July 21, 2013
This blog entry is co-written by Bradley and Kathy. Bradley’s text is in RED and Kathy’s is in blue.
We are now in cruising mode. What does that mean? Well contrary to what many perceive, we do not just sit around being waited on, reading and sipping cocktails. Not that we are complaining in any way; just trying to balance the perception a little. Unlike waking up at home we have to manage our environment. Each morning, we wake, turn off the anchor light, check the house battery level, start the generator to charge the batteries, manage the load to minimize the run time and usually take on a boat project or two. Often we have to reboot something before we have internet access, carefully study the weather from multiple sites, and most importantly plan our eating for the day, as often there are not restaurants or stores close by. Food has to be defrosted or retrieved from some storage area on board.
For us, checking the weather is not just a matter of turning on the morning news for a couple reasons; our satellite TV system believes we reside in the NY area so we only get the local channels from NY. Besides, we are not that interested in temperature and precipitation – we are more concerned with wind and seas so we need specialized marine weather forecasts. If we have internet access, it’s easy, but if we are out of range, we are set up to receive forecasts via email over our satellite phone and also through a Sirius/XM satellite radio service. When we check weather, we will look at 3 to 5 sites and try to blend the information to determine the weather not only for the day but for the next several days. Is there a major storm coming, high winds, or other major weather issues? It is not unusual to have completely opposite information presented. Take 20 July in the Bras d’Or Lakes region of Nova Scotia. One site called for a perfect cruising day – winds slowing clocking around in the 10 to 15 knot range, with the likelihood of some thunderstorms late afternoon.
A different site called for winds from the East, clocking south in the 20 to 25 knot range, with gusts into the high 30’s. This is quite a large difference that would affect one’s decision to move and where to move to. We decided to place our faith in the first site, which proved to be accurate. We had a perfect day moving the boat 12 miles to an incredible little Cove – Little Harbour. So why is the weather so important, other than the obvious concern for major storms? When in cruising mode and anchoring in place of staying in a Marina, the weather and most significantly the direction and strength of the winds are critically important to where one anchors. While if the winds are below 20 knots, it is not as critical, it still can affect the comfort onboard. In a perfect anchoring world, one wants to be anchored where the winds fly over a short distance of water, before reaching the boat. This way the waves do not have a chance to build up and we sit very comfortably. This is even more important for boats that are smaller and lighter. Given we displace approximately 240,000 pounds we can be comfortable where other boats are wondering why they are cruising. I strongly encourage everyone reading this to visit google maps and pull up the Bras d’Or Lake region of Nova Scotia. It is an absolutely amazing area. As you will see, there are many places a boat can safely anchor, where depending on the direction of the wind, one has to move to be protected.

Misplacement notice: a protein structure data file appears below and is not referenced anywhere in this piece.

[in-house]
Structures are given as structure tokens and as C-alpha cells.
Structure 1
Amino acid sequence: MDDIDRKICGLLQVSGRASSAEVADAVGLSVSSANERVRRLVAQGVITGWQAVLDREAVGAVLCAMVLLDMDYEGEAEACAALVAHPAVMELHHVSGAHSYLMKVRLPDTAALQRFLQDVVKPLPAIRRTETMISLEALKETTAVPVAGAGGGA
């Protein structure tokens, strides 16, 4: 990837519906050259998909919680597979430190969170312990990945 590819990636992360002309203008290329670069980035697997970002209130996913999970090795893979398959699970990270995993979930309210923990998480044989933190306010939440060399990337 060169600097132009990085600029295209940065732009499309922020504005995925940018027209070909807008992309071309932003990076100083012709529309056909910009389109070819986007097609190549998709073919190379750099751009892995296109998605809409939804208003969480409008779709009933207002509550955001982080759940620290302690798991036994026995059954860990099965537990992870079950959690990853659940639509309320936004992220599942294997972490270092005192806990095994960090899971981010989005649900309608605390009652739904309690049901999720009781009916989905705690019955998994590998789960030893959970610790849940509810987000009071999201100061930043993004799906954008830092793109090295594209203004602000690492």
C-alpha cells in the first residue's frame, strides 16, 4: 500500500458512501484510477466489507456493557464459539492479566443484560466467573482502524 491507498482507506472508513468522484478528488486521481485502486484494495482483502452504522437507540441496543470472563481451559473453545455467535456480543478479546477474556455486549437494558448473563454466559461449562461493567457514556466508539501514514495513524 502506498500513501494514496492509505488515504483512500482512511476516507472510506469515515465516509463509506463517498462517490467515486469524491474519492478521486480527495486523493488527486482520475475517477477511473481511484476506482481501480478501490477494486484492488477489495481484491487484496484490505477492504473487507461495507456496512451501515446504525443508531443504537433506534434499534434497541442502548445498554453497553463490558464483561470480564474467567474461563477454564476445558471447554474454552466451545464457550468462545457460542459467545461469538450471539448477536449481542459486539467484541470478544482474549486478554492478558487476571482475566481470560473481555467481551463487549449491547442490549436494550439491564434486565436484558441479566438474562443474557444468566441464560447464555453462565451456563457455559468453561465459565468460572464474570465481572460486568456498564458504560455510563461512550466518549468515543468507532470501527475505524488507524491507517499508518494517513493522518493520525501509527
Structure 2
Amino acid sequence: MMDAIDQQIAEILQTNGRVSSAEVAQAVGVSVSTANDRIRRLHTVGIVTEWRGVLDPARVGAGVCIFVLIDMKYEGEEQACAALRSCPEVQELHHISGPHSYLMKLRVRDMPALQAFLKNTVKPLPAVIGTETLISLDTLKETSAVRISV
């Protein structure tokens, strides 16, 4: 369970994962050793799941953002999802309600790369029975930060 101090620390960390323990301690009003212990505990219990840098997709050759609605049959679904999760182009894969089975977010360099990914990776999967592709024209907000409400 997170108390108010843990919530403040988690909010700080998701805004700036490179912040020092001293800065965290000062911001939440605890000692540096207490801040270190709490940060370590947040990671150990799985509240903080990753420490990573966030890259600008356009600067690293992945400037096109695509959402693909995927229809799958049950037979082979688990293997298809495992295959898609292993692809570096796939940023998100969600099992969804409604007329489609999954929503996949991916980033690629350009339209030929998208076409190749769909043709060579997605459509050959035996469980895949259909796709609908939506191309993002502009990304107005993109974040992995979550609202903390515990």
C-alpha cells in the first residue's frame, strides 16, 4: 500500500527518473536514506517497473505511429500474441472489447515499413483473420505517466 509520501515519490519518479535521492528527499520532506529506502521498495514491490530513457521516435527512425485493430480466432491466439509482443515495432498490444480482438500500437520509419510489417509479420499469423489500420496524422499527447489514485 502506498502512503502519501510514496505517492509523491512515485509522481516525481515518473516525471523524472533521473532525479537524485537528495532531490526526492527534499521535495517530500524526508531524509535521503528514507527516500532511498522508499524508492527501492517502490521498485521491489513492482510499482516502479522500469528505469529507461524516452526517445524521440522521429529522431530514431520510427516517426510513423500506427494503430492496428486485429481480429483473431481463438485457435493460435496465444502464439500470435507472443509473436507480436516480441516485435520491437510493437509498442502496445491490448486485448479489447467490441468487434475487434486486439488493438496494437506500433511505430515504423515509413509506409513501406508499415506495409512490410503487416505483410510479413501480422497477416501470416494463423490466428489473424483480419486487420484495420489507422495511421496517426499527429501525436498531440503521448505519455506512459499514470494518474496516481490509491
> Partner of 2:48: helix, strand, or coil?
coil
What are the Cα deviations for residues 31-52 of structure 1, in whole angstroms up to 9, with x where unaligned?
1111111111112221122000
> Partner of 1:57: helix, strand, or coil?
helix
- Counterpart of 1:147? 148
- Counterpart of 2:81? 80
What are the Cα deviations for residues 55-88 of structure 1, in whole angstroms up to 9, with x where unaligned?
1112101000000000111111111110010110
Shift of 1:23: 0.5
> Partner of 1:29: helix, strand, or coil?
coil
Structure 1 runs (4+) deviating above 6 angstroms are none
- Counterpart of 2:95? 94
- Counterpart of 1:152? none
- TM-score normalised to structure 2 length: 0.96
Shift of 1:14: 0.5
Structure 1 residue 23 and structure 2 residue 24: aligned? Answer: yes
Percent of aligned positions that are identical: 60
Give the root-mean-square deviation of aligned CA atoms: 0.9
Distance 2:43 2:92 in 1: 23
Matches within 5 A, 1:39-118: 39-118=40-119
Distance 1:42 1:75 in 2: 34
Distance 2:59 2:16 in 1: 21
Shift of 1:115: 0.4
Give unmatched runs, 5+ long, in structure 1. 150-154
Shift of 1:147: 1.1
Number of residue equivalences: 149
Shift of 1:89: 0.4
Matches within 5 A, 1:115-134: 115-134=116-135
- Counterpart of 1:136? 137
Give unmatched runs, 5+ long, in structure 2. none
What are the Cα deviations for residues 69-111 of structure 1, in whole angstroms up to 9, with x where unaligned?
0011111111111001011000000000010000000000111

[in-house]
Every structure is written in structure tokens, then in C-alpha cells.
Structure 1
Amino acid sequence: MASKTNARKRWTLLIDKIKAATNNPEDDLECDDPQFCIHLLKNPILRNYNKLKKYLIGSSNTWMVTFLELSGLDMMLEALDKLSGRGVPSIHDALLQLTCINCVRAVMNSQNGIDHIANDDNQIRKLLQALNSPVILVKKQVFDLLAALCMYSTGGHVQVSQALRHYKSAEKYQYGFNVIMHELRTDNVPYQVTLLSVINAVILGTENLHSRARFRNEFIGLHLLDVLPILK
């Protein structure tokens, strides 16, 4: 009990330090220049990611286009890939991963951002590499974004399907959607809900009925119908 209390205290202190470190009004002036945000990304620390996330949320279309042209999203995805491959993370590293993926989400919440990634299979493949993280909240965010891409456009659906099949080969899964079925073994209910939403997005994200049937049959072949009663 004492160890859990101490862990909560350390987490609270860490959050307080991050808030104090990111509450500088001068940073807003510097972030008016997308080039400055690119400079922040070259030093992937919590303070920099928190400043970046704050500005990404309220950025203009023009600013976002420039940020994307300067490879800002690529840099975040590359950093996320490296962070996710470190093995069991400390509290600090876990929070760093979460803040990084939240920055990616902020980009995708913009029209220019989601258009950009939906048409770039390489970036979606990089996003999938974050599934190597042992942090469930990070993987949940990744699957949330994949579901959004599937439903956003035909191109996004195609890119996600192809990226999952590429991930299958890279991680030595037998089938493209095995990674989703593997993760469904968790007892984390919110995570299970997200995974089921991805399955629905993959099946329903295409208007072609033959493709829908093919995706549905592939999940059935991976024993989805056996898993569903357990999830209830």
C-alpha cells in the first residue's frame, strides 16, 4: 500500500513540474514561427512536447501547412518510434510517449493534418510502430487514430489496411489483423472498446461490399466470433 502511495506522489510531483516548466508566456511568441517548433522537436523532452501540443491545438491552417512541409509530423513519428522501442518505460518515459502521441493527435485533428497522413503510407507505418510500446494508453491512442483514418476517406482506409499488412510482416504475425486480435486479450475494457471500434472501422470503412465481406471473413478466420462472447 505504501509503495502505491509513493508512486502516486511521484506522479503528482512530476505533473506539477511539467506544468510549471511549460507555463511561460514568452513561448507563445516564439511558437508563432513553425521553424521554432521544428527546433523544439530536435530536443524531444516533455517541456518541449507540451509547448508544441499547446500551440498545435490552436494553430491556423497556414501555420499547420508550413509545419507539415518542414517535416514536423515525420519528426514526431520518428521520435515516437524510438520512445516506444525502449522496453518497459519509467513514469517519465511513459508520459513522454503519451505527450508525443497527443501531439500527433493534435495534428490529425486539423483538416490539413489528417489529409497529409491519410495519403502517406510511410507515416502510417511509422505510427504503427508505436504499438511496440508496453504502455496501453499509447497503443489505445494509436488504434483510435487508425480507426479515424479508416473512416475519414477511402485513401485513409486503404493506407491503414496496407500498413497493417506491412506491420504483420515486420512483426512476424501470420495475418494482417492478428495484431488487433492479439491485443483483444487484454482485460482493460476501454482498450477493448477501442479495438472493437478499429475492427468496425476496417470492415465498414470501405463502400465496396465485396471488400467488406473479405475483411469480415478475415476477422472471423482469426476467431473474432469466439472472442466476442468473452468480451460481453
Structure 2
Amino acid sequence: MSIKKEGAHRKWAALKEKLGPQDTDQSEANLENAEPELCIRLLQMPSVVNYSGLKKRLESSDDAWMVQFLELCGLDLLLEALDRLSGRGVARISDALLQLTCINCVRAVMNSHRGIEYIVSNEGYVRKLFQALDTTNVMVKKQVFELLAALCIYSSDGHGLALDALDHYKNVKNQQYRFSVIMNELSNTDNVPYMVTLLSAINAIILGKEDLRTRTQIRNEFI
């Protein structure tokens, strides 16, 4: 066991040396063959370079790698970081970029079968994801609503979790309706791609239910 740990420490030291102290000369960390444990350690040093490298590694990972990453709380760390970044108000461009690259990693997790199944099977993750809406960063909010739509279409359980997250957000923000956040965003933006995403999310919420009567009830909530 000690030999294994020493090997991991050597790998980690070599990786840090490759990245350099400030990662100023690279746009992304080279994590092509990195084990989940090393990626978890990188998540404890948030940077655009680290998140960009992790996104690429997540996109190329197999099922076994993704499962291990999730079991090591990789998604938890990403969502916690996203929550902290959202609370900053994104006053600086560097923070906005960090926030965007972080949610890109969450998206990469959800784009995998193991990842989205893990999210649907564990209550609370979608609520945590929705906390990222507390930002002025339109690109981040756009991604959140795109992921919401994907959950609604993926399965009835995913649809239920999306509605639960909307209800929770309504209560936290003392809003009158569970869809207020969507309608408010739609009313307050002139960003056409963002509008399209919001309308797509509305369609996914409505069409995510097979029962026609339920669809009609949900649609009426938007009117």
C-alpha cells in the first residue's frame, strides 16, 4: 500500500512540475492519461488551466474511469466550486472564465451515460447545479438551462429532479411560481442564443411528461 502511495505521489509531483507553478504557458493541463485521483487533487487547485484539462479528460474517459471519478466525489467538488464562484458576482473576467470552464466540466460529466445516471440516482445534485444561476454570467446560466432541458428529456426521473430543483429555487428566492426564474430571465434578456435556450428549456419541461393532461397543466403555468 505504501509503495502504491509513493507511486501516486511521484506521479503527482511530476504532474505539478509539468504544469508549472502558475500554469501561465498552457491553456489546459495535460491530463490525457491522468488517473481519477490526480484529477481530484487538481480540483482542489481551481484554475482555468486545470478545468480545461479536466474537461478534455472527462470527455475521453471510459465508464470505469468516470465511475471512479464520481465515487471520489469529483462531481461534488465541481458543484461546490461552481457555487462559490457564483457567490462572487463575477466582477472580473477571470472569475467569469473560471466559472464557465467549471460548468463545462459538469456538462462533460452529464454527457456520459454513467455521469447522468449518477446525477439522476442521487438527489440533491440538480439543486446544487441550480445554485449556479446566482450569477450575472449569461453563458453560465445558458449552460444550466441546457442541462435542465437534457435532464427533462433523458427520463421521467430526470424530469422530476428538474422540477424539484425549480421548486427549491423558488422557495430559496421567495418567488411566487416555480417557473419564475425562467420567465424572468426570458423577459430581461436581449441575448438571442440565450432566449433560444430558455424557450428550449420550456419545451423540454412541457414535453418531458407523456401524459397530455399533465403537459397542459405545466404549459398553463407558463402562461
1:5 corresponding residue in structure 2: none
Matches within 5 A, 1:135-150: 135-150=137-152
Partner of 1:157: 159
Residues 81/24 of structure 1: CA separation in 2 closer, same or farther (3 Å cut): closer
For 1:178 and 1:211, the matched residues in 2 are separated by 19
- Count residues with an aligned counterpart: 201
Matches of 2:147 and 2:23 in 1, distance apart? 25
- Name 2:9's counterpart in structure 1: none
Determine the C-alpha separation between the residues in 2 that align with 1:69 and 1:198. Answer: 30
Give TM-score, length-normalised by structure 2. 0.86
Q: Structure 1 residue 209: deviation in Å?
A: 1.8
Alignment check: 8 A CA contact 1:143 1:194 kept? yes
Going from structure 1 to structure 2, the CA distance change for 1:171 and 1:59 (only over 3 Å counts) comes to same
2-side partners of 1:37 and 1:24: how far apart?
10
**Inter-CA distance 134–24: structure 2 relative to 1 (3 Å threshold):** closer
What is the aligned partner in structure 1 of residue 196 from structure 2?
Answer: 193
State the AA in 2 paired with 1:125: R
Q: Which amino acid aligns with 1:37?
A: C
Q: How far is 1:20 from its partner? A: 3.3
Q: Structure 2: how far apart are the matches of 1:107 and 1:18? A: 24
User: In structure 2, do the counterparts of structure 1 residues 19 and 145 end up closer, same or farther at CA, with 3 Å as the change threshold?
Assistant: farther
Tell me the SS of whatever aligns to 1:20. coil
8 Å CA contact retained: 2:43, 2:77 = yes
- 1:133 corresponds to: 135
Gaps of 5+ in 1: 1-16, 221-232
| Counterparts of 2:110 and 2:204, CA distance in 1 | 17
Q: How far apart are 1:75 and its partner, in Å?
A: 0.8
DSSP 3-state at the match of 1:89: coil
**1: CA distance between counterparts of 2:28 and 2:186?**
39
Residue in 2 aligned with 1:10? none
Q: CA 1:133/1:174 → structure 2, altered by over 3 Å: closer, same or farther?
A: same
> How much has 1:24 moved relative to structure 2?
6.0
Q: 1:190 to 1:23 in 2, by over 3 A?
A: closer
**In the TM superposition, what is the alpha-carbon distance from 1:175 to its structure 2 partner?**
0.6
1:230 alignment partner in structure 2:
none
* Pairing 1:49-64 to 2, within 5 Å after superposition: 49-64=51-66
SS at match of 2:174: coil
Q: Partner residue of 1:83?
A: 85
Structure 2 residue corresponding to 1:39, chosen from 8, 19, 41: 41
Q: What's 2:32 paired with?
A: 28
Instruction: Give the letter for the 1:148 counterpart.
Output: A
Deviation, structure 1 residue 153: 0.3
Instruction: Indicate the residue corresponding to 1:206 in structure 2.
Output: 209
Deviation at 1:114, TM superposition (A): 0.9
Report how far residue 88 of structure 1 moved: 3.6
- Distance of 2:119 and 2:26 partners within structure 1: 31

So far our experience in Nova Scotia had been wonderful. Beautiful scenery, welcoming people, interesting weather, seals playing everywhere, frequent whale sightings and wonderful friends both new and old – what more could we ask for? After clearing in through customs, we spent a couple days in the lovely town of Shelburne, founded in 1783 by British Loyalists. We were anchored out with no plans to dock at the yacht club (in other words, no plans to spend money there). We went ashore to explore and were met on the dock by the Commodore of the Yacht Club – we wondered what kind of reception we would get. Not to worry – Commodore Bruce introduced himself, welcomed us, told us where to dump trash, allowed us free use of their internet, and even offered to drive us to the grocery store if need be (though it proved to be a short walk). We had fun exploring the town, including a stop at the local cell phone store to acquire a local sim card to provide internet access. The next day Sid, Stef, and I did a scenic hike while Bradley explored by bike. Other than some pesky mosquitoes, it was a great day as we encountered the rapidly moving Roseway River and saw views of Shelburne Harbor from several angles. We had drinks at the yacht club and met several locals, including the former Commodore who remembered seeing our boat at Shelburne several years ago when she was still named The Good Life and being enjoyed by her original owners. We had a wonderful dinner at Charlotte Lane restaurant, known as one of the best in Nova Scotia. We were not disappointed!
Our next scheduled stop was to be Lunenburg, about 55 miles north. Rather than do it in one long day, we decided to head to Port Mouton, about half-way. Once again we encountered some fog but arrived safely in a lovely anchorage in calm seas by mid-afternoon. We boarded the tender to check out the “town”. Port Mouton turned out to be just some docks with commercial fishing boats. There was no real town and no shops or commercial establishments of any kind. We walked the docks, looking at all the fishing boats and talking to some of the local fishermen. They were removing their large crab pots from their boats for storage as the crab season had just ended. Heading back to the big boat was interesting, as the fog had settled in again. We did not actually see Shear Madness until we were very, very close. Fortunately we had placed a GPS mark on the chart in our tender!